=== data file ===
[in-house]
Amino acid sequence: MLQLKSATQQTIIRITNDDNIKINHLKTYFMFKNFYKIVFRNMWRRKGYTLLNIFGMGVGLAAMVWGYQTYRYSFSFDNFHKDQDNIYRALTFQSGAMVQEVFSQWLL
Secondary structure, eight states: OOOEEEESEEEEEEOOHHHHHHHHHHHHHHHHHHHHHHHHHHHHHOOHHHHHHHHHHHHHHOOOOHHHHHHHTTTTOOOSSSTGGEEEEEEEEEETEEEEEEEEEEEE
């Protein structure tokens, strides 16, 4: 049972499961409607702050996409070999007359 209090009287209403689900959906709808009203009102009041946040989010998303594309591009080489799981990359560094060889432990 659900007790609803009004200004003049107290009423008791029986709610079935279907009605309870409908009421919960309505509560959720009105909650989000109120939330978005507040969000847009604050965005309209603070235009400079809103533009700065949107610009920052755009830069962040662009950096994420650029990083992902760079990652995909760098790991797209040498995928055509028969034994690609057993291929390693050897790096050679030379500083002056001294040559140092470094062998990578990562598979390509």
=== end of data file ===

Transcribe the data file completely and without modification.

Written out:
[in-house]
Amino acid sequence: MLQLKSATQQTIIRITNDDNIKINHLKTYFMFKNFYKIVFRNMWRRKGYTLLNIFGMGVGLAAMVWGYQTYRYSFSFDNFHKDQDNIYRALTFQSGAMVQEVFSQWLL
Secondary structure, eight states: OOOEEEESEEEEEEOOHHHHHHHHHHHHHHHHHHHHHHHHHHHHHOOHHHHHHHHHHHHHHOOOOHHHHHHHTTTTOOOSSSTGGEEEEEEEEEETEEEEEEEEEEEE
């Protein structure tokens, strides 16, 4: 049972499961409607702050996409070999007359 209090009287209403689900959906709808009203009102009041946040989010998303594309591009080489799981990359560094060889432990 659900007790609803009004200004003049107290009423008791029986709610079935279907009605309870409908009421919960309505509560959720009105909650989000109120939330978005507040969000847009604050965005309209603070235009400079809103533009700065949107610009920052755009830069962040662009950096994420650029990083992902760079990652995909760098790991797209040498995928055509028969034994690609057993291929390693050897790096050679030379500083002056001294040559140092470094062998990578990562598979390509």